Comparisons between these three models

The difference in the 5-year postoperative mortality of breast cancer patients between the training and testing datasets was not significant (data not shown). Therefore, samples from these two datasets could be compared to enhance the reliability of the validation results. The ANN model was also used to obtain the 3-layer network and the relative weights of neurons for the prediction of the 5-year mortality. The MLP network includes 7 input neurons, 1 bias neuron in the input layer, 4 hidden neurons, 1 bias neuron in the hidden layer, and 2 output neurons (Fig. 2).
Fig. 2

Schematic representation of the artificial neural network (ANN) model. This model consists of 7 input neurons [age, Charlson comorbidity index (CCI), chemotherapy, radiotherapy, hormone therapy, surgery volumes of hospital and surgeon], 1 bias neuron in the input layer, 4 neurons in a single hidden layer (H1-4), 1 bias neuron in the hidden layer (HB), and 2 output neurons (death and survival) representing the 5-year outcome of breast cancer patients after surgery. Surgery volume of hospital/surgeon was defined as the percentage of breast cancer surgeries among the total surgeries performed by the respective hospital or surgeon during the study period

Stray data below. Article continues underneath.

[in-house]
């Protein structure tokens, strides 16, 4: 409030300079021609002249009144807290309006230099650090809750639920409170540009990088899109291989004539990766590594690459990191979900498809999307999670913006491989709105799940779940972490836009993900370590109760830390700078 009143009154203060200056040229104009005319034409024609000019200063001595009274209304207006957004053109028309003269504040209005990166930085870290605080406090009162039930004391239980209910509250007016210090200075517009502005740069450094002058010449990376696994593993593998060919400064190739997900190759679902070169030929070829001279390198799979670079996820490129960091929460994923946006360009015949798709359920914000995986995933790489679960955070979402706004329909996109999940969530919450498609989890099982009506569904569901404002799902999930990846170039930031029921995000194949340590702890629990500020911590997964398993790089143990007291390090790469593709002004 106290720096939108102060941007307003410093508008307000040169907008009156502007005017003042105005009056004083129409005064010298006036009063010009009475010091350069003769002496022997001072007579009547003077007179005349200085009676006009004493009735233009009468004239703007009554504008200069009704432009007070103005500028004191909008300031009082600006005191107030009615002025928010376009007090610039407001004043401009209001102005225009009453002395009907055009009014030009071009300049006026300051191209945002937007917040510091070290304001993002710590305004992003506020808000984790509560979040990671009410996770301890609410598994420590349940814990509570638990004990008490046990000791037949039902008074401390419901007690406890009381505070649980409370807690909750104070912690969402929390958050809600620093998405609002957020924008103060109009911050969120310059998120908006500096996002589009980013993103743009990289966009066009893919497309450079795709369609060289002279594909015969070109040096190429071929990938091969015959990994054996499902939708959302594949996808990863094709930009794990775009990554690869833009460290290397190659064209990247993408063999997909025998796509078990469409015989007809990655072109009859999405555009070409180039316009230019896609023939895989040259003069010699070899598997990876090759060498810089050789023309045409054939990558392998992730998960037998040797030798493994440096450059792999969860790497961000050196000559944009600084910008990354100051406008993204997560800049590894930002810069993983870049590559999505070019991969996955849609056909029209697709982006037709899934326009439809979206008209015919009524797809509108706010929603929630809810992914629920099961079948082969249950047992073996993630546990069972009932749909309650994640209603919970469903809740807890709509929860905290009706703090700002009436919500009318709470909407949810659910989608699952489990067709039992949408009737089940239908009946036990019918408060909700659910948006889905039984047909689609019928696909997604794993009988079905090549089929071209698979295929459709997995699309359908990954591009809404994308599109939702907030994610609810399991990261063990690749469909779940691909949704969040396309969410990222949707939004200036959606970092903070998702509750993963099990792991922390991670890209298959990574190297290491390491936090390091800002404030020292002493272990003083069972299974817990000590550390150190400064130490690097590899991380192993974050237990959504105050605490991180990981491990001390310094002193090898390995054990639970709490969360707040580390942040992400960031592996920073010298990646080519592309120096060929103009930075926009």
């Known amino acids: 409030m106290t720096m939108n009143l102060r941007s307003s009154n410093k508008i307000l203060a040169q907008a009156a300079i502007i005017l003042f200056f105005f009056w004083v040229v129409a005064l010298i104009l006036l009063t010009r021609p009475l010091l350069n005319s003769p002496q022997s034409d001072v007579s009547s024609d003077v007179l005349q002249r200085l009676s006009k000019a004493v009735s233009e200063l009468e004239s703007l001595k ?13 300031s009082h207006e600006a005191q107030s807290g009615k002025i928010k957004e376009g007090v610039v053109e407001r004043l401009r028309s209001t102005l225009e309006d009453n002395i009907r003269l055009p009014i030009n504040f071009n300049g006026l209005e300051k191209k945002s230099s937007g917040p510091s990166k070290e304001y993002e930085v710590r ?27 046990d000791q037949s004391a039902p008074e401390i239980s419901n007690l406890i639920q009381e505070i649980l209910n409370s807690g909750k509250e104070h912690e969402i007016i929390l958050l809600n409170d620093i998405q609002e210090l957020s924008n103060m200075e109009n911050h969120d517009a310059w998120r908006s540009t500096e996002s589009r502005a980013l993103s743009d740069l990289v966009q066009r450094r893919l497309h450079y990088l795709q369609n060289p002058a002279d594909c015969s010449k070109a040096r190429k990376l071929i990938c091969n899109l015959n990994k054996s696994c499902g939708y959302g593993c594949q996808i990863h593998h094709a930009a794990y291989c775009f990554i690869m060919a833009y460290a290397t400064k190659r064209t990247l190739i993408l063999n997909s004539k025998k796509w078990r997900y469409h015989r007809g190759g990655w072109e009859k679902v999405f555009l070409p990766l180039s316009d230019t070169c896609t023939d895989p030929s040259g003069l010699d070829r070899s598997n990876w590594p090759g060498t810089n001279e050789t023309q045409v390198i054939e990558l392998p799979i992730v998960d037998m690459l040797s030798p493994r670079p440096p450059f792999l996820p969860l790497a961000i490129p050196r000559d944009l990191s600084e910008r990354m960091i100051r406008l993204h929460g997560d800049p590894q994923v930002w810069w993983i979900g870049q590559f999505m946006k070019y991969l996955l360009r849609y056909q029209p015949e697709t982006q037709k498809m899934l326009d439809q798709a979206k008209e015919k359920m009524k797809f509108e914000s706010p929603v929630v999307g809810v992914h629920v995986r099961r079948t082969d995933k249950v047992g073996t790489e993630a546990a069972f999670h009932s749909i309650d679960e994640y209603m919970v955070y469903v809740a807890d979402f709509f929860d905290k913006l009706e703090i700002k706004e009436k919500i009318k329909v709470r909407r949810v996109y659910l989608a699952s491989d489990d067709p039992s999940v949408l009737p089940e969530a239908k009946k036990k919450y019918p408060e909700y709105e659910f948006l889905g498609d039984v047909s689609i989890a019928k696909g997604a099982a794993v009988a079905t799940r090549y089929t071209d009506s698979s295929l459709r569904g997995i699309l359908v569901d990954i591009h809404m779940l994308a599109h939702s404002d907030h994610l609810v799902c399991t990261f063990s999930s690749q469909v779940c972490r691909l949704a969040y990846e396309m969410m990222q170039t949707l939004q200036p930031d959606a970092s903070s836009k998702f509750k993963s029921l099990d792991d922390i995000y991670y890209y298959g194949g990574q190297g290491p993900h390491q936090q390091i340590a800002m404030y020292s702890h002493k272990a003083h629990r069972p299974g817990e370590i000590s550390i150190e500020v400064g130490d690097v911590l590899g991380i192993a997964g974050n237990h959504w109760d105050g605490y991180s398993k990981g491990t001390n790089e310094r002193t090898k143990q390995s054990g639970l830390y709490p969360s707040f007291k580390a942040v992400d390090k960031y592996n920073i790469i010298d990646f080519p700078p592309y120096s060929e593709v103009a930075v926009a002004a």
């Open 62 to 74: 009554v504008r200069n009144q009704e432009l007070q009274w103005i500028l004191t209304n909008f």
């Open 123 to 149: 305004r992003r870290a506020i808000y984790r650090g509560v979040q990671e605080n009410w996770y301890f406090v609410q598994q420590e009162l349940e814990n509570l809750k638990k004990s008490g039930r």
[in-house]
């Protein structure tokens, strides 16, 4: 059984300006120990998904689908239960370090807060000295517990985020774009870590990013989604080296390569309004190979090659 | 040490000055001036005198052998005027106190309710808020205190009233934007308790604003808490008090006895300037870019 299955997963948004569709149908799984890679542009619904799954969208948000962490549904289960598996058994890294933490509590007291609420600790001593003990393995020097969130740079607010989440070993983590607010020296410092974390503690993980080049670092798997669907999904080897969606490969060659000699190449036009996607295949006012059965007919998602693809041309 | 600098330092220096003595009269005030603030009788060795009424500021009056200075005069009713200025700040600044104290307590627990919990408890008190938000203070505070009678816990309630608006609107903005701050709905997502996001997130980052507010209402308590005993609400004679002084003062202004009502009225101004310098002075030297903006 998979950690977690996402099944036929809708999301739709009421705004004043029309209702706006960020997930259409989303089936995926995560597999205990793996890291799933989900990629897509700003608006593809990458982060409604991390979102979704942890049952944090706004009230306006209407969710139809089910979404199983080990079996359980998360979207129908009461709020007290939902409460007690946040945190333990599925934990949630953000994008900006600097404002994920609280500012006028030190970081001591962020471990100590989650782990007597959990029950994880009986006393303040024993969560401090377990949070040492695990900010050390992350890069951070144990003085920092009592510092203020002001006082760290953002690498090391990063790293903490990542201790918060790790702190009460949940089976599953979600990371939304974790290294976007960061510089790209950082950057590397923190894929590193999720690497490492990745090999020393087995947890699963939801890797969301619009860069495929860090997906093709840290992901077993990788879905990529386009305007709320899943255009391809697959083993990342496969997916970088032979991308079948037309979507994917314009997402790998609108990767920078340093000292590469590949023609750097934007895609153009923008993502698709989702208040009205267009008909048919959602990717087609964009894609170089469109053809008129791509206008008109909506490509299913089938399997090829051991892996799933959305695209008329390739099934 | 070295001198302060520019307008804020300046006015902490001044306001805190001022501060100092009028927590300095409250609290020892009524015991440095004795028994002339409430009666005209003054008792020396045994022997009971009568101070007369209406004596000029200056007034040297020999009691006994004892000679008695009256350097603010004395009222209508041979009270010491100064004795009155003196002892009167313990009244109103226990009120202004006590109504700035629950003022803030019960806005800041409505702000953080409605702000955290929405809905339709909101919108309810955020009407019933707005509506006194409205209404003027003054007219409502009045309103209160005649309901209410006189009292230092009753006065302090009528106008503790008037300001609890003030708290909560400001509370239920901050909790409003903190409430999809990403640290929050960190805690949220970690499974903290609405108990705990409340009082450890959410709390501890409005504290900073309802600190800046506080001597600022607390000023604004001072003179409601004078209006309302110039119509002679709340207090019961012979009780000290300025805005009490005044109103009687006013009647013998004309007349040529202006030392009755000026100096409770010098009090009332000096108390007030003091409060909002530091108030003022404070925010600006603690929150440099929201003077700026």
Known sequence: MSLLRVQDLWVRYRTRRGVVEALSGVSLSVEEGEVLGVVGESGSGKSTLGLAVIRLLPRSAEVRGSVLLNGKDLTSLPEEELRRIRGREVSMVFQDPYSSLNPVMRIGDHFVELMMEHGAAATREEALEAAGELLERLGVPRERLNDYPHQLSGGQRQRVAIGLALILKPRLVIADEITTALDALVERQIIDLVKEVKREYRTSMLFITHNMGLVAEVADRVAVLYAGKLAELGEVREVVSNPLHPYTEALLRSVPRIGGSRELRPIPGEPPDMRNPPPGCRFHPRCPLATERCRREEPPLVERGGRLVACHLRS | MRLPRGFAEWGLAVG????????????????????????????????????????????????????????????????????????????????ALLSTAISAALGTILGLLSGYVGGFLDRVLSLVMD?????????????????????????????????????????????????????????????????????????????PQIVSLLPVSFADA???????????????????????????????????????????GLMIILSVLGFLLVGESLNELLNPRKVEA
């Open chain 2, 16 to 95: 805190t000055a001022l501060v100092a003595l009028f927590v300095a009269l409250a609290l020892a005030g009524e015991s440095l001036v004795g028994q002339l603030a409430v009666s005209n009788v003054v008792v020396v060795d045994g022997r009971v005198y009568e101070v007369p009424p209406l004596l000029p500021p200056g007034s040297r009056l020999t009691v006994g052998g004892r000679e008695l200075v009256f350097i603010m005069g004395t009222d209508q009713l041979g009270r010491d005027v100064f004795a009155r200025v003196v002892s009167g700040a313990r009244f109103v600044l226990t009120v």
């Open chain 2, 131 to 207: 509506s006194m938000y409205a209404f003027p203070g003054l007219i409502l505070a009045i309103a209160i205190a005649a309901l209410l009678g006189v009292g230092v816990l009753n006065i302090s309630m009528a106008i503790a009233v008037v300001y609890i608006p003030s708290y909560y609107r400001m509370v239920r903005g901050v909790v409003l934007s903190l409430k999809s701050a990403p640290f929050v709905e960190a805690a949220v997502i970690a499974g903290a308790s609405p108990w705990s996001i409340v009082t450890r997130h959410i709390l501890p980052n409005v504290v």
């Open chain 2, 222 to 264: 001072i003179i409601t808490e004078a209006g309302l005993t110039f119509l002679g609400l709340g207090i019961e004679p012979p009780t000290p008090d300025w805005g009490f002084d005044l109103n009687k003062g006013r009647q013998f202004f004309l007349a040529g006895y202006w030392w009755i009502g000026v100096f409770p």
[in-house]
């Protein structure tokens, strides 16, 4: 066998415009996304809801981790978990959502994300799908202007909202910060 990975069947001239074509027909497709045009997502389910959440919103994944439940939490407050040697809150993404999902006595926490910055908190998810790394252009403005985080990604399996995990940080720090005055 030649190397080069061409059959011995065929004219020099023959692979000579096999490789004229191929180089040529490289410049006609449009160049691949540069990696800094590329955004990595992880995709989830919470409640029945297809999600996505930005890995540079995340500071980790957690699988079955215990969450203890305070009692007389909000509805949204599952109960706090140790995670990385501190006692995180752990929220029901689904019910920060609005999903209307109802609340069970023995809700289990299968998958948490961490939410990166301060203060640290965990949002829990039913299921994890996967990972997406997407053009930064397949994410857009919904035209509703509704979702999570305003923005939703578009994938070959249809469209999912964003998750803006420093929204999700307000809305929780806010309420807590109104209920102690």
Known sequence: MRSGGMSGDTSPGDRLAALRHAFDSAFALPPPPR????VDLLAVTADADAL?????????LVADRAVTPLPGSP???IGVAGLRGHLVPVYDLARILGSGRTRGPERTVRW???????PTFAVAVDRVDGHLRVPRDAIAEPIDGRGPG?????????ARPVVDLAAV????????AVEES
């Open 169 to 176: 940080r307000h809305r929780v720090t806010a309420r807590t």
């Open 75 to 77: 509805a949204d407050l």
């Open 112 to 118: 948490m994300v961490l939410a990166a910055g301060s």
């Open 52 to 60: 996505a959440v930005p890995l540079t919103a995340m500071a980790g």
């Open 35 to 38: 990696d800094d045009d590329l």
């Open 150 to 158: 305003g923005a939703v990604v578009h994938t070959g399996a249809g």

Comparisons of samples in the training, testing, and validation datasets showed that the ANN model significantly outperformed the MLR and COX models in terms of sensitivity, specificity, positive predictive value, negative predictive value, accuracy, and AUC (Table 3).
Table 3

Comparison of performance indices of the artificial neural network (ANN), MLR, and Cox regression models for predicting 5-year postoperative mortality of breast cancer patients

Dataset

Sensitivity (%)

Specificity (%)

PPV (%)

NPV (%)

Accuracy (%)

AUC (%)

Training dataset (n = 2543)

 ANN model

86.88

89.09

65.24

87.91

87.43

72.86

 MLR model

83.72

87.73

64.80

83.57

86.55

52.42

 Cox model

86.37

88.06

60.24

85.48

84.53

65.13

Testing dataset (n = 726)

 ANN model

88.00

89.04

77.52

87.64

88.50

71.67

 MLR model

83.00

84.36

73.35

87.02

86.09

51.93

 Cox model

86.43

87.57

74.99

87.10